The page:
We are living in an age of disruption and crises. What COVID-19 confirmed, however, is that universities’ knowledge and expertise was tapped time and again for advice and solutions to help Australians deal with a major shock to society.
Last year, universities did what they do best – delivering to the nation, evidence-led solutions to the most complex problems.
In her address to the National Press Club last February, Universities Australia Chair Professor Deborah Terry asked us to place our trust in evidence and expertise, and this is exactly what much of the world did.
Throughout last summer’s bushfires, drought, dust storms, hailstorms, floods and dangerous smoke haze and on to the COVID-19 global pandemic, Australia, and the world, has relied on university research, experts, staff and facilities.
Last February, when increasing numbers of COVID-19 cases in China led to the introduction of travel restrictions to Australia, universities expressed concern for their students who were unable to commence or recommence their studies in person.
In March, universities moved their teaching online for all students as part of the national effort to slow community transmission of COVID-19 and enable both domestic and international students to go ahead with their studies. Throughout the pandemic universities have cooperated closely with health authorities, while continuing to support students.
In April, following intense engagement with Universities Australia, the Government guaranteed Commonwealth Grant Scheme and HELP funding payments for universities for 2020 to help secure universities’ viability. Universities welcomed this commitment from Government. After detailed engagement with TEQSA, Universities Australia was also pleased to see significant flexibility announced.
Mandatory clinical education in health professional courses was able to continue throughout the pandemic following the development of National Guidelines for Clinical Education Continuity in April.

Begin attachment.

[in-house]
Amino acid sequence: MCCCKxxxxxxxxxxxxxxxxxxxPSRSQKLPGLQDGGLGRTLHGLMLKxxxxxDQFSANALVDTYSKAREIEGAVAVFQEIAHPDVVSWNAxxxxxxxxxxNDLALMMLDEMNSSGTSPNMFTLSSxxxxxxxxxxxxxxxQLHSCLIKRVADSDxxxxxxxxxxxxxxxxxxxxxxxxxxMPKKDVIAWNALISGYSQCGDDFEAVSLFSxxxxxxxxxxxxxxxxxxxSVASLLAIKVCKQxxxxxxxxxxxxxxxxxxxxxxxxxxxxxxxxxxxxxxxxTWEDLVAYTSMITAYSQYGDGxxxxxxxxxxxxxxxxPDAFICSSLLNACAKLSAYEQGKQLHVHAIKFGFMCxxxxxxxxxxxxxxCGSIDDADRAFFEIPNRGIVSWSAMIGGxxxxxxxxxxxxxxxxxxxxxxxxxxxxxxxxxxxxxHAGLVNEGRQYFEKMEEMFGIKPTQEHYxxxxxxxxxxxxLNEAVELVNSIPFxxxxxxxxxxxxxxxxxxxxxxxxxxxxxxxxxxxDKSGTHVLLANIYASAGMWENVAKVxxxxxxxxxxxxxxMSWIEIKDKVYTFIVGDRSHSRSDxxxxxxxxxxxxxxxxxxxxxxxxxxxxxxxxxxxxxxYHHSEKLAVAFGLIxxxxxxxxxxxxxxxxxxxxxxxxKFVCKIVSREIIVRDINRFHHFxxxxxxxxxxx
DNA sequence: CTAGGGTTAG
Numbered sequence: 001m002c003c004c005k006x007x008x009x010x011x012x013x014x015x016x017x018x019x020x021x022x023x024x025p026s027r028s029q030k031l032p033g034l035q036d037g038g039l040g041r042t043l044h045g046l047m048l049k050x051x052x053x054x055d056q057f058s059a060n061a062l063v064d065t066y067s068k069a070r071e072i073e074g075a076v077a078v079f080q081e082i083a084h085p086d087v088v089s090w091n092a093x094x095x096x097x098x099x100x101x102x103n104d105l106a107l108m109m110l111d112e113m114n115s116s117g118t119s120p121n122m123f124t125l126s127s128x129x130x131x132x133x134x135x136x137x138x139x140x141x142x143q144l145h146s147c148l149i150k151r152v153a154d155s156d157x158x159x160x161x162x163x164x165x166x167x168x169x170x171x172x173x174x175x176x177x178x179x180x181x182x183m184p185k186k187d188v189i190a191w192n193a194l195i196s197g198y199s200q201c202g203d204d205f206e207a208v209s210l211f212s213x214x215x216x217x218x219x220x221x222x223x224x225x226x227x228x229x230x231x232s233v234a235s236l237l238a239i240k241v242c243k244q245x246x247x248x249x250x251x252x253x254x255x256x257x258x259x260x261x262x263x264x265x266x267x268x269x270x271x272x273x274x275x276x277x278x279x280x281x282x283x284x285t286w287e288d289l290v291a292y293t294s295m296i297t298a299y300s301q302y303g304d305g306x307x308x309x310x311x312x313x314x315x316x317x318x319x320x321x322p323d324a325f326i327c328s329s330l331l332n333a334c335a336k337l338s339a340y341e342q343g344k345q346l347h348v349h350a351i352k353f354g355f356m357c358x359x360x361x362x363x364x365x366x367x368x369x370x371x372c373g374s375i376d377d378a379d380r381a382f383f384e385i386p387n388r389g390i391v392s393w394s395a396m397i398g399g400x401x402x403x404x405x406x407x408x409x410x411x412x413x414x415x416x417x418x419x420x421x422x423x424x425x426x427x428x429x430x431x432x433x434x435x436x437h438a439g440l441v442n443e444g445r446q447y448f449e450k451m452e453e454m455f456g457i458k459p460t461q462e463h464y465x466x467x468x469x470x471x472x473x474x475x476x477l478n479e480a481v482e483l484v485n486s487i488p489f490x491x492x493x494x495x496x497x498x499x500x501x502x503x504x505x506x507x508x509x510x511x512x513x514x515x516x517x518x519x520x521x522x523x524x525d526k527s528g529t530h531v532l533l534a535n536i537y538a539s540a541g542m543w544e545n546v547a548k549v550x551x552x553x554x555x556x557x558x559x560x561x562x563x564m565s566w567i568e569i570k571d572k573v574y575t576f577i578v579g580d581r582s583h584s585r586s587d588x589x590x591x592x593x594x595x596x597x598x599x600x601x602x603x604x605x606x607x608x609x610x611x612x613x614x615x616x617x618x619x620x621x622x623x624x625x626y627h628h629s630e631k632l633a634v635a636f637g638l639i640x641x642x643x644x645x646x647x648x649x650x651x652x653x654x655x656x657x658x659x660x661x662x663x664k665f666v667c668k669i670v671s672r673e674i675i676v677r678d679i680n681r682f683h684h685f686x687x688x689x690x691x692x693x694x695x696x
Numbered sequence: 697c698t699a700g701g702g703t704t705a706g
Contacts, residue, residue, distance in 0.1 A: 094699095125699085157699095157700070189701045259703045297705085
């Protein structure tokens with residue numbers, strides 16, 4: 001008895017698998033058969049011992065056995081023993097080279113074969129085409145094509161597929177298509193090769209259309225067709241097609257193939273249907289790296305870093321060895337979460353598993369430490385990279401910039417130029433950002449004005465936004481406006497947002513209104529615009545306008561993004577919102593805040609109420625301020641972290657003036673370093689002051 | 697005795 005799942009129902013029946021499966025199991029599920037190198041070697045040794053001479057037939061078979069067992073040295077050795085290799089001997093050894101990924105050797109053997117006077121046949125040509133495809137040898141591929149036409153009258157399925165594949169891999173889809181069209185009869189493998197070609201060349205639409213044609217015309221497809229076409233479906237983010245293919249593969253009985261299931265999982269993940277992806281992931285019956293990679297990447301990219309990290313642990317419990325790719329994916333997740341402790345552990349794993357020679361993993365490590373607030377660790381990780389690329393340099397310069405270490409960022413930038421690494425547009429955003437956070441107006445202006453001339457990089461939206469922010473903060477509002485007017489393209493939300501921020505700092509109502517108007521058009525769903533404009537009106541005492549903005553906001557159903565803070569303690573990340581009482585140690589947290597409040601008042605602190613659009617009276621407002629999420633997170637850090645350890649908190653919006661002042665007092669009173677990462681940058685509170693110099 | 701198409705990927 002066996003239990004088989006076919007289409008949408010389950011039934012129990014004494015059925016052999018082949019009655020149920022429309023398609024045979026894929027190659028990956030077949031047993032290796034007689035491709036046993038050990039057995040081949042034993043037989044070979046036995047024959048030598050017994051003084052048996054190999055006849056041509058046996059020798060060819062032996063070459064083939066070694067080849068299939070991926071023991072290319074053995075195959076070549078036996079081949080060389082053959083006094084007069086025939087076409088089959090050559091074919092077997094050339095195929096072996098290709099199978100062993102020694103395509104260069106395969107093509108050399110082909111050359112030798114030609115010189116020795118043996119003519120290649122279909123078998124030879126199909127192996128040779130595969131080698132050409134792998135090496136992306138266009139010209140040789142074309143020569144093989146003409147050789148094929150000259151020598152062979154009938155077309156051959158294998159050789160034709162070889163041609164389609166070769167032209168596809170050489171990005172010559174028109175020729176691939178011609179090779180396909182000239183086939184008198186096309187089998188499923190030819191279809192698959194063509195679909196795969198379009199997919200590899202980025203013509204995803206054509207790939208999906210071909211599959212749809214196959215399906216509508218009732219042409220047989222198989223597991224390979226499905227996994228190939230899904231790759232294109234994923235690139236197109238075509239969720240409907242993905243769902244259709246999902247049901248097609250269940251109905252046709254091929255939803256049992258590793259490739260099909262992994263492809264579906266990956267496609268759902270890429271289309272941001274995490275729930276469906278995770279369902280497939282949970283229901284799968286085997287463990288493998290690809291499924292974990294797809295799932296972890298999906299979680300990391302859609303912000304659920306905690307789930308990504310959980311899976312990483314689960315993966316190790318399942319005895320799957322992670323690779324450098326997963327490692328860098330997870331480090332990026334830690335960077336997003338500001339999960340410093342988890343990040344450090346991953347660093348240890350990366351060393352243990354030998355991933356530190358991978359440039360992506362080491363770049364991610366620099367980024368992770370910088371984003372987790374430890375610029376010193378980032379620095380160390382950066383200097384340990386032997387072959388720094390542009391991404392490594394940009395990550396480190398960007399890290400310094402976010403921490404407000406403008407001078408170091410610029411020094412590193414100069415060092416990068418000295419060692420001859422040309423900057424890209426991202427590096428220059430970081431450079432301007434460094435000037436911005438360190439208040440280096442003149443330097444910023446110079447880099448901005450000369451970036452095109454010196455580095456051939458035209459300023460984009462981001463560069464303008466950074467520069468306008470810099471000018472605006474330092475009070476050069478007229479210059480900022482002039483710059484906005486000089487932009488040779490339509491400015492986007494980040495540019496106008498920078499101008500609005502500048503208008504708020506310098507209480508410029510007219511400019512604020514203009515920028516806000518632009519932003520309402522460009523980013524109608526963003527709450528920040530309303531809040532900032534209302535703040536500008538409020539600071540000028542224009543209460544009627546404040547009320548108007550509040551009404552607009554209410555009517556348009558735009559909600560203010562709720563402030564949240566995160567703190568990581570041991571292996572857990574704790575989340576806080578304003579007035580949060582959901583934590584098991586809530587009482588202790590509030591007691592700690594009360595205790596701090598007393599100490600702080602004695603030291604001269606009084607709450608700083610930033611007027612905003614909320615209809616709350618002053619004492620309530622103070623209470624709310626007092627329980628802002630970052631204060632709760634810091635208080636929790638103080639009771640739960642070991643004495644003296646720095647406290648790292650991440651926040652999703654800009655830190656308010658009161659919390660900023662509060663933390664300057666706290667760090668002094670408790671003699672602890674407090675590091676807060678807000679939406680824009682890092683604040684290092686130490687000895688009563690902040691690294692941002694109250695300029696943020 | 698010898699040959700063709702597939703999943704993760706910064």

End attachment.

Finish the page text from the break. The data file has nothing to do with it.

Throughout April and May, Universities Australia advocated stridently for Government support for international students who had lost their part-time jobs and were not eligible for the same support available to domestic students. It was gratifying to see state and territory support was forthcoming. The sector stood up with $112 million and 77,000 students helped.
Universities Australia began a sustained campaign outlining the compelling case for Government to prioritise investment in university research vital to Australia’s economic and social development as modelling projected up to 38 per cent of university research salaries could be at risk. The campaign bore fruit in the October Budget.
In May, Universities Australia identified the urgent need to act on course accreditation. In conjunction with the Australian Council of Professions, Independent Tertiary Education Council Australia, Independent Higher Education Australia, the Australian Collaborative Education Network and the Tertiary Education Quality Standards Agency, Universities Australia developed a Joint Statement of Principles for the Higher Education Sector COVID-19 Response. The statement supported the maintenance of accreditation flexibility with course quality during the changes and challenges imposed by the pandemic. This flexibility was fundamental to students getting through courses and into the workforce at a crucial time.
Also in May, eSafety and Universities Australia launched the Toolkit for Universities, a set of 14 resources to help keep university students and staff safer online. The project was begun well before COVID-19 but was important and timely.
New modelling released by Universities Australia in early June found that universities could lose $16 billion in revenue in the four years 2020 to 2023 inclusive, compared to a “business as usual” scenario.